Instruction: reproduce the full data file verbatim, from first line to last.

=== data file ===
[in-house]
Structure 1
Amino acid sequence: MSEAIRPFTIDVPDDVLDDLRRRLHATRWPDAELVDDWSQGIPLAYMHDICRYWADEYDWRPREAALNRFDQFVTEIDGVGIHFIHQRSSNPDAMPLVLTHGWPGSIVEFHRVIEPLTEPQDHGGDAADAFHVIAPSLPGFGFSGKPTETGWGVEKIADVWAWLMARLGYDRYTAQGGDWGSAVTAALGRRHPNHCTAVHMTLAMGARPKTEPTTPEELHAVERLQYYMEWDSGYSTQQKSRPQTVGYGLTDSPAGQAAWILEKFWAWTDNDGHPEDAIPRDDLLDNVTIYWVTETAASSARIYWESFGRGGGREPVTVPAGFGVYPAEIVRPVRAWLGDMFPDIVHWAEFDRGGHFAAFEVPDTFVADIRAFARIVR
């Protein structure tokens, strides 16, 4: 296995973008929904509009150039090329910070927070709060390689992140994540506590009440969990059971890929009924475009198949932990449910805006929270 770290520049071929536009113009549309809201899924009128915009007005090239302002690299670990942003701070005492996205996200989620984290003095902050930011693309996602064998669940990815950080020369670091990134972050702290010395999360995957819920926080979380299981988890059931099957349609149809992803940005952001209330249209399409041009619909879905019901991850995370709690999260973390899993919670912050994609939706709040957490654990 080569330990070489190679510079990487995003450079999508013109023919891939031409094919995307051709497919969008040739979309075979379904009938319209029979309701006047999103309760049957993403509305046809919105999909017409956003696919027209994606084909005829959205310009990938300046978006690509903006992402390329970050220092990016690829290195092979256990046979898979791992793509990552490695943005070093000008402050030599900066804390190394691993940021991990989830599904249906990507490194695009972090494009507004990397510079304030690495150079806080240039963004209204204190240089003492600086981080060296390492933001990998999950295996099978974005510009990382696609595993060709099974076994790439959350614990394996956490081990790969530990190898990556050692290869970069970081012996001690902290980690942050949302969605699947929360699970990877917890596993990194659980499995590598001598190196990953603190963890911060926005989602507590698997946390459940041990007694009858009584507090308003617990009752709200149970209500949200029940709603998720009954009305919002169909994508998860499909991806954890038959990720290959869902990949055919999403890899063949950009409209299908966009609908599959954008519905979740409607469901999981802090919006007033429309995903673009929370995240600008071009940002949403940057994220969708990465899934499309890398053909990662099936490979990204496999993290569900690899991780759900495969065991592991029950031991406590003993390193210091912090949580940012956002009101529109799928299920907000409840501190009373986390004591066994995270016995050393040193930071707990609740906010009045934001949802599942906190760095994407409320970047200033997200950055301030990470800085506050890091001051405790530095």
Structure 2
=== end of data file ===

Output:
[in-house]
Structure 1
Amino acid sequence: MSEAIRPFTIDVPDDVLDDLRRRLHATRWPDAELVDDWSQGIPLAYMHDICRYWADEYDWRPREAALNRFDQFVTEIDGVGIHFIHQRSSNPDAMPLVLTHGWPGSIVEFHRVIEPLTEPQDHGGDAADAFHVIAPSLPGFGFSGKPTETGWGVEKIADVWAWLMARLGYDRYTAQGGDWGSAVTAALGRRHPNHCTAVHMTLAMGARPKTEPTTPEELHAVERLQYYMEWDSGYSTQQKSRPQTVGYGLTDSPAGQAAWILEKFWAWTDNDGHPEDAIPRDDLLDNVTIYWVTETAASSARIYWESFGRGGGREPVTVPAGFGVYPAEIVRPVRAWLGDMFPDIVHWAEFDRGGHFAAFEVPDTFVADIRAFARIVR
């Protein structure tokens, strides 16, 4: 296995973008929904509009150039090329910070927070709060390689992140994540506590009440969990059971890929009924475009198949932990449910805006929270 770290520049071929536009113009549309809201899924009128915009007005090239302002690299670990942003701070005492996205996200989620984290003095902050930011693309996602064998669940990815950080020369670091990134972050702290010395999360995957819920926080979380299981988890059931099957349609149809992803940005952001209330249209399409041009619909879905019901991850995370709690999260973390899993919670912050994609939706709040957490654990 080569330990070489190679510079990487995003450079999508013109023919891939031409094919995307051709497919969008040739979309075979379904009938319209029979309701006047999103309760049957993403509305046809919105999909017409956003696919027209994606084909005829959205310009990938300046978006690509903006992402390329970050220092990016690829290195092979256990046979898979791992793509990552490695943005070093000008402050030599900066804390190394691993940021991990989830599904249906990507490194695009972090494009507004990397510079304030690495150079806080240039963004209204204190240089003492600086981080060296390492933001990998999950295996099978974005510009990382696609595993060709099974076994790439959350614990394996956490081990790969530990190898990556050692290869970069970081012996001690902290980690942050949302969605699947929360699970990877917890596993990194659980499995590598001598190196990953603190963890911060926005989602507590698997946390459940041990007694009858009584507090308003617990009752709200149970209500949200029940709603998720009954009305919002169909994508998860499909991806954890038959990720290959869902990949055919999403890899063949950009409209299908966009609908599959954008519905979740409607469901999981802090919006007033429309995903673009929370995240600008071009940002949403940057994220969708990465899934499309890398053909990662099936490979990204496999993290569900690899991780759900495969065991592991029950031991406590003993390193210091912090949580940012956002009101529109799928299920907000409840501190009373986390004591066994995270016995050393040193930071707990609740906010009045934001949802599942906190760095994407409320970047200033997200950055301030990470800085506050890091001051405790530095």
Structure 2